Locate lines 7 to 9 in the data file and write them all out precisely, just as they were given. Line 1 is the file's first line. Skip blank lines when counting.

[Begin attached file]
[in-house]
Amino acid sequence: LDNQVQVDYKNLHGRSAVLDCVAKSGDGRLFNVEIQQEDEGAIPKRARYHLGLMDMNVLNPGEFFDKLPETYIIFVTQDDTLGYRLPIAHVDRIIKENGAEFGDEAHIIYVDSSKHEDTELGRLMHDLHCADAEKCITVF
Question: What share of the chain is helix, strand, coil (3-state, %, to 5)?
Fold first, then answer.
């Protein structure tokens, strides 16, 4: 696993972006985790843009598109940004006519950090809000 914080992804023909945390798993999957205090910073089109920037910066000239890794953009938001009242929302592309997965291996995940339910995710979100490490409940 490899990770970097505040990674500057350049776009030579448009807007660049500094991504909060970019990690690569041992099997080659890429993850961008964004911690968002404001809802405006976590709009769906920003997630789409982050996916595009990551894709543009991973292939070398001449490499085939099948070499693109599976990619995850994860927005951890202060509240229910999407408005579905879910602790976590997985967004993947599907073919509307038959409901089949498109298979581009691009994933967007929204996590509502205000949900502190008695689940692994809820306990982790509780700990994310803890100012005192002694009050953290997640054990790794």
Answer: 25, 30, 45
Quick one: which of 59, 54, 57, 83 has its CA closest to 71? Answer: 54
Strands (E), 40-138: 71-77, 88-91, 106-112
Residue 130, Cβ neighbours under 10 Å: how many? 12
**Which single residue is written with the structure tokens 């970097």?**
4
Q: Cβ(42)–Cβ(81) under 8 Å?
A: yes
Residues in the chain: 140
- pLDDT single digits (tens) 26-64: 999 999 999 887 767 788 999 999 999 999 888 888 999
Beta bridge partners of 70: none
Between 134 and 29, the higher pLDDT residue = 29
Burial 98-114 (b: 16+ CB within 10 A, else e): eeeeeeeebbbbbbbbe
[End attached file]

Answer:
Quick one: which of 59, 54, 57, 83 has its CA closest to 71? Answer: 54
Strands (E), 40-138: 71-77, 88-91, 106-112
Residue 130, Cβ neighbours under 10 Å: how many? 12